Barry Callebaut Sees Rise in Ivorian Main Crop Cocoa
Cocoa production from top grower Ivory Coast's October to March main crop will reach around 1.06 million tonnes with disease and cross-border smuggling likely to have little effect on output, Swiss chocolatier Barry Callebaut said on Monday.
Initial fears that the negative effects of a prolonged dry spell earlier in the year could cut into Ivorian output have been replaced by worries of disease outbreaks due to heavy rains, but De Petter said neither phenomenon will dent production.
"On the coast, there isn't much cocoa, because it was very dry. But in the interior production seems better and that balances out," Paul De Petter, director for West Africa, told Reuters.
"I saw a bit of black pod in the production regions, but it's not as serious as two years ago when it made 100,000 tonnes disappear in just a few weeks."
The company's estimates put main crop production in neighbouring Ghana, the world's number 2 cocoa producer, at 620,000 tonnes,
"Our latest estimate for the main crop (in Ivory Coast) this year is 1,060,000 tonnes by the end of March," De Petter said. Barry Callbaut buys around 200,000 tonnes of Ivorian cocoa annually.
"For Ghana, our (main crop) estimate is 620,000 tonnes," he said.
The forecast production would be a slight improvement upon the 2011/12 main crop harvest which reached 1,047,000 tonnes amid poor weather conditions.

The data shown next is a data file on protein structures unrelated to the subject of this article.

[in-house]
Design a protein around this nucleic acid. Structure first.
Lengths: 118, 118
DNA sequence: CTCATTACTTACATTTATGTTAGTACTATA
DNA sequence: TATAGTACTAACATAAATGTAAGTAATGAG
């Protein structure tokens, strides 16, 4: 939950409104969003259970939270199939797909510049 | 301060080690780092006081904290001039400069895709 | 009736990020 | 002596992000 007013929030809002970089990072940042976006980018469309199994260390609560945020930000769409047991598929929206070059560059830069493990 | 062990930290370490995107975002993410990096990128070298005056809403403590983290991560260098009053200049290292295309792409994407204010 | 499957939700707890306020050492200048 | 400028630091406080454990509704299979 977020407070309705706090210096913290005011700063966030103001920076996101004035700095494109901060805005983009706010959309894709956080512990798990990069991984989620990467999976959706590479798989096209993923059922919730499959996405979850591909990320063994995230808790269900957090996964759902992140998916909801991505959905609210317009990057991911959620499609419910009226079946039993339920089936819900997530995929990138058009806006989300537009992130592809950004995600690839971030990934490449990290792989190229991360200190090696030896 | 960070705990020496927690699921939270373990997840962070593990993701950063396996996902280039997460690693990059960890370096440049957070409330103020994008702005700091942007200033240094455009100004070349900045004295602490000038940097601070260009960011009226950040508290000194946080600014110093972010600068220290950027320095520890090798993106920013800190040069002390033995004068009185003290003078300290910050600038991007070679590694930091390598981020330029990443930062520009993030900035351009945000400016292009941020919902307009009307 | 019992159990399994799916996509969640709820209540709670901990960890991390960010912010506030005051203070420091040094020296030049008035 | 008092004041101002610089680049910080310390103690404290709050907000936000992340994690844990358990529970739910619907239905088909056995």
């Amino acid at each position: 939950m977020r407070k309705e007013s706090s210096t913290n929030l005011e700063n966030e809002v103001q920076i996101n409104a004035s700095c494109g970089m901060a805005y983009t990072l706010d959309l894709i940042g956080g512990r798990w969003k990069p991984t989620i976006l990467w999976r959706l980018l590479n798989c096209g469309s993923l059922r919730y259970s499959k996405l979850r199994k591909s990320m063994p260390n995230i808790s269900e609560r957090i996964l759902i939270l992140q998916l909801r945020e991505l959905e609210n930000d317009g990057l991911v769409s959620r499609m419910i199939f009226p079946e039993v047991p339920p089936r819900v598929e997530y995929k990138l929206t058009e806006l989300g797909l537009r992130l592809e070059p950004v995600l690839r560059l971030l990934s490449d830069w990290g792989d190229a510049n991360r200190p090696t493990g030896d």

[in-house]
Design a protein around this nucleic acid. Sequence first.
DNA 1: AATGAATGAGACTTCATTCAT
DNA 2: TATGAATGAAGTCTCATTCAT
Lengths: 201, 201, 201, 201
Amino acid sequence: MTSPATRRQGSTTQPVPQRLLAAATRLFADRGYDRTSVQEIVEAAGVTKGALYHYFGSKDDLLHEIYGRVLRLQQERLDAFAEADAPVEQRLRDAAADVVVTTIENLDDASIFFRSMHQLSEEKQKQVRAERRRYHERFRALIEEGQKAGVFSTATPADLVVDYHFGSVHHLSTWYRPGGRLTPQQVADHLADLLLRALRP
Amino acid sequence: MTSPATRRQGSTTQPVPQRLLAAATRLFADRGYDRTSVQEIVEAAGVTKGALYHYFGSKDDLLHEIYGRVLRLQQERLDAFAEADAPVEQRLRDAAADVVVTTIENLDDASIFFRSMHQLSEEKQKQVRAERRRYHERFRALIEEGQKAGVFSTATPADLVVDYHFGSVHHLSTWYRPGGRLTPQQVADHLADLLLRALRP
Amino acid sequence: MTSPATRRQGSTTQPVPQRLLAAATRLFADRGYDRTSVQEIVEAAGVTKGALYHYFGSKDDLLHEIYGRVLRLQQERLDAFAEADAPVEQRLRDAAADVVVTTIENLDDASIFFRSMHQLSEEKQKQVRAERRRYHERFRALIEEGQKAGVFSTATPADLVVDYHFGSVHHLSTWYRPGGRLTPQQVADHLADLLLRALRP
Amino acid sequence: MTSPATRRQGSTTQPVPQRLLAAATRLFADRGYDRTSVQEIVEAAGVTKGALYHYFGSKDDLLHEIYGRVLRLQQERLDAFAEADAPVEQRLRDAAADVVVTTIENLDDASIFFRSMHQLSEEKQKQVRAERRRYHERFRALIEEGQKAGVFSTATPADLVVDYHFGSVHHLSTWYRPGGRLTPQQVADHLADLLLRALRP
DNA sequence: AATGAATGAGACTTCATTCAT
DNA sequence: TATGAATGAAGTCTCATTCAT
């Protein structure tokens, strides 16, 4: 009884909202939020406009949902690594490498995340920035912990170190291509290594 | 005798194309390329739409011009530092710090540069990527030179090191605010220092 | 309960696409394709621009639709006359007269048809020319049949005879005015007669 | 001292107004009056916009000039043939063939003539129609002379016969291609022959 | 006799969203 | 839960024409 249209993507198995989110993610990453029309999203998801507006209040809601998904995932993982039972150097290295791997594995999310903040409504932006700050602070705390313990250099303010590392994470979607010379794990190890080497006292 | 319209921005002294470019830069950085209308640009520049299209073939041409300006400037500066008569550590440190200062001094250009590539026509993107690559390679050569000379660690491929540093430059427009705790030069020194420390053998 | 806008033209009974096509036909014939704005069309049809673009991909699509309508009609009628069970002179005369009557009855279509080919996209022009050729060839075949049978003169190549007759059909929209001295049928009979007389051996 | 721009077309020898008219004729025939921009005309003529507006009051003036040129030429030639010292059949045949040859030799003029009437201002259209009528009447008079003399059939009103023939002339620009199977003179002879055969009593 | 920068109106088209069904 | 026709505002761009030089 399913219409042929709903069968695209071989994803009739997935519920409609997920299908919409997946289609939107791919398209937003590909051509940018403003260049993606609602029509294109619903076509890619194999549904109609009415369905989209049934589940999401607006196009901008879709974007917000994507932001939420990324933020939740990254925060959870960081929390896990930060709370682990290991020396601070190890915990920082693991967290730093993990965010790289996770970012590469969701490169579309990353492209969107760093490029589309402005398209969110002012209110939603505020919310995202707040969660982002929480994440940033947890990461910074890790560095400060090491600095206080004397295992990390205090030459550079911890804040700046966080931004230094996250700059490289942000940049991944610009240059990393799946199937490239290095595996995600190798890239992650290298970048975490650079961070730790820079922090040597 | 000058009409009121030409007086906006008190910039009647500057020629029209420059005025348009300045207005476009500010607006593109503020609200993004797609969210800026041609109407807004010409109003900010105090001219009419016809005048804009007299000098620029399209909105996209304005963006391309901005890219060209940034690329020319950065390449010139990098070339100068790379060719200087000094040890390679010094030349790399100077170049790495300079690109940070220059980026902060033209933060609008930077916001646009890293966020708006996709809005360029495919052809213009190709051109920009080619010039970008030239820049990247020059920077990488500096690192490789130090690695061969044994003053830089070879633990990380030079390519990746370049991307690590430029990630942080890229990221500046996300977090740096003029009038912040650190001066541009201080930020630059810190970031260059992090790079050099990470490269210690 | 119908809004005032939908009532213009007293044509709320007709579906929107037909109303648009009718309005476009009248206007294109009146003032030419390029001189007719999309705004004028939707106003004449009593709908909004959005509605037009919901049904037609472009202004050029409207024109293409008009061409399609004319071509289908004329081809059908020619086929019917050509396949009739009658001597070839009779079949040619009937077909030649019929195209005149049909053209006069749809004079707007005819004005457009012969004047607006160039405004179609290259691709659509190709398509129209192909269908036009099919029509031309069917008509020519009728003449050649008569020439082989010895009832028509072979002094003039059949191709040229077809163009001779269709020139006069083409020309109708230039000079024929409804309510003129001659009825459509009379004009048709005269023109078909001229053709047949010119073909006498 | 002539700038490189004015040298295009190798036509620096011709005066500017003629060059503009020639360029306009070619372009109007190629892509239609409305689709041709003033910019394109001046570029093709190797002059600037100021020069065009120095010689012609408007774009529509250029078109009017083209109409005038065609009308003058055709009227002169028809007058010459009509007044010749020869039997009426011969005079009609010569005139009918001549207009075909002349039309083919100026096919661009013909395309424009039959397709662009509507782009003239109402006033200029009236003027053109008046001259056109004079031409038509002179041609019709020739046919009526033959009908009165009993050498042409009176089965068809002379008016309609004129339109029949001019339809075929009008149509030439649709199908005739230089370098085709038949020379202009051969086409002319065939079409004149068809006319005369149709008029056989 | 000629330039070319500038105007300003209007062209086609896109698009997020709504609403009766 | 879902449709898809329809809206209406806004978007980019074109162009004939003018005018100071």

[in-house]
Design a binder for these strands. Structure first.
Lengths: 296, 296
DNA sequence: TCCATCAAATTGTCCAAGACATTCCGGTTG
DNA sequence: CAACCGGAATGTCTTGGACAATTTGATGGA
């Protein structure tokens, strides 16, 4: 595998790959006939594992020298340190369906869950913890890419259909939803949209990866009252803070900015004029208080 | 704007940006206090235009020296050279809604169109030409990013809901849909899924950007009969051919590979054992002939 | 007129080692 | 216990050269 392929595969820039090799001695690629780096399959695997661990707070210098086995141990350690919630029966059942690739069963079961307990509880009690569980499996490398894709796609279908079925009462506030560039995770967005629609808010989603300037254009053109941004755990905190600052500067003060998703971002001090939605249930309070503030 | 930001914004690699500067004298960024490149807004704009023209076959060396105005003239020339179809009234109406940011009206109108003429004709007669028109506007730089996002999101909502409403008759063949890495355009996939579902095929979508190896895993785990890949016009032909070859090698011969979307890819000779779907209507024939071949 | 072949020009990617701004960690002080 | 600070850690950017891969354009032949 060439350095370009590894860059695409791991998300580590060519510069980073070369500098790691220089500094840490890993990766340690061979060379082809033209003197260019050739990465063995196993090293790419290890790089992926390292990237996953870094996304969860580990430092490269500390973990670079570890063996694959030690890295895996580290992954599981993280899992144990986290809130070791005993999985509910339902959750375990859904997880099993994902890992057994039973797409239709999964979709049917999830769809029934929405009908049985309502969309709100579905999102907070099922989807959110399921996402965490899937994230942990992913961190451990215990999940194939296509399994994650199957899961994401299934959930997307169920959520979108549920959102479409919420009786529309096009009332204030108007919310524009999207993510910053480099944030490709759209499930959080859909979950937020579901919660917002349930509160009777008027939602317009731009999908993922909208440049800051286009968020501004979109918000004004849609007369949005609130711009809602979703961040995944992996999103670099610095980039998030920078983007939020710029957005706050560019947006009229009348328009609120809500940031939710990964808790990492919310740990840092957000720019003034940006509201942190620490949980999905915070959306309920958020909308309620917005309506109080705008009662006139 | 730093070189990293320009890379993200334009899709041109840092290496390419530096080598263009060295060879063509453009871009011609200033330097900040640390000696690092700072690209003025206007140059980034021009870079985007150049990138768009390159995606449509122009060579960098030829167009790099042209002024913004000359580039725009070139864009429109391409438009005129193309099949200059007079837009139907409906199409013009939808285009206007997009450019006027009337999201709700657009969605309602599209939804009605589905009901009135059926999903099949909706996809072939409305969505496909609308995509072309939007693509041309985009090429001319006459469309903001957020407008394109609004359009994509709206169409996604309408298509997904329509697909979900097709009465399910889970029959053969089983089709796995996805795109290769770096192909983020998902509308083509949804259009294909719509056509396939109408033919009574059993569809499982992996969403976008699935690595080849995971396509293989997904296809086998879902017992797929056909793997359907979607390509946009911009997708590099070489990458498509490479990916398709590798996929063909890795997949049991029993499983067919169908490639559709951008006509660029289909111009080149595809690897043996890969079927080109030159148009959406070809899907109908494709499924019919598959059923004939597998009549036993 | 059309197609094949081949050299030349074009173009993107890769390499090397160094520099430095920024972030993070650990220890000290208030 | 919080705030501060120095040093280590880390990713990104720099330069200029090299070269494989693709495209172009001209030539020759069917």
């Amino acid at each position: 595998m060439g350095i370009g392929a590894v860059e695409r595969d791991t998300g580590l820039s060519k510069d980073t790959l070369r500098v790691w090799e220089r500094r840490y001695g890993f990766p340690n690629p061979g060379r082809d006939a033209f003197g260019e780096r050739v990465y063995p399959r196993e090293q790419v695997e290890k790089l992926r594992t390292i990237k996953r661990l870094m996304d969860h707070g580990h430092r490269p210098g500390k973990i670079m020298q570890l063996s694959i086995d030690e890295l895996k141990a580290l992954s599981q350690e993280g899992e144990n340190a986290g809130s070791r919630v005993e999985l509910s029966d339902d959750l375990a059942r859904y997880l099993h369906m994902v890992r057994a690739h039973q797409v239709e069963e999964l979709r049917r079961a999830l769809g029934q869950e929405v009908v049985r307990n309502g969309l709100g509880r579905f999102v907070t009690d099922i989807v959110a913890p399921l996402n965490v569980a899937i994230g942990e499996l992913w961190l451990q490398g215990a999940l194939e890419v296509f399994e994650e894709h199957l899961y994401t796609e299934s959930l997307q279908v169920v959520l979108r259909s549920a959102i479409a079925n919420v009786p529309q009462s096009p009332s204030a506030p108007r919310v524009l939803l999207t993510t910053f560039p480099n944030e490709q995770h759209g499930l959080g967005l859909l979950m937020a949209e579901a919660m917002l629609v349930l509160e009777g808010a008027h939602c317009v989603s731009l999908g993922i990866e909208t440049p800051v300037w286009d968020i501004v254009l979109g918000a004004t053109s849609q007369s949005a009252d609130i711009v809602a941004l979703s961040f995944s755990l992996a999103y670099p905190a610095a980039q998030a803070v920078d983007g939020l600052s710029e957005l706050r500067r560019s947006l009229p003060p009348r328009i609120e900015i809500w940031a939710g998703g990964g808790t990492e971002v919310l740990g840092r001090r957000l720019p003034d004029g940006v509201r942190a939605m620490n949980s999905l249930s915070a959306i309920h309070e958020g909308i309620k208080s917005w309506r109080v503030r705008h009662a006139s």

Ghana's cocoa industry regulator Cocobod said in September it expects to purchase 800,000 tonnes during the entire 2012/13 crop year, a drop of around 5 percent from the previous season and its main crop at 750,000 tonnes.
Ghana runs a two-cycle cocoa season consisting of the October-June main crop harvest, which is mainly exported, and an 11-week light crop, which is discounted to local grinders.
The 2012/13 season in Ivory Coast opened on Oct. 3 under a major reform of the sector that is being closely monitored by traders for its possible impact on supplies.
Under the reform, Ivory Coast's marketing board, the Coffee and Cocoa Council, set a season-long farmgate price of 725 CFA francs ($1.42) per kilogramme.
Though the price is expected to improve incomes for hundreds of thousands Ivorian cocoa farmers, who struggled under the previous system of spot buying, it is still around 25 percent lower than the guaranteed price in neighbouring Ghana.
The discrepancy has raised concerns that it could spark rampant cross-border smuggling, distorting production data and depriving Ivory Coast of vital revenue.
"From what we are hearing and seeing, this year smuggling in the east is less serious...Last year we financed coops in the east and they gave us our money back, because all the cocoa went to Ghana. This year is different," De Petter said.
"Ghana has a higher price, but the cedi (currency) has fallen 30 percent (since the start of the year), meaning Ghana's price isn't as high. And that is not encouraging contraband," he explained.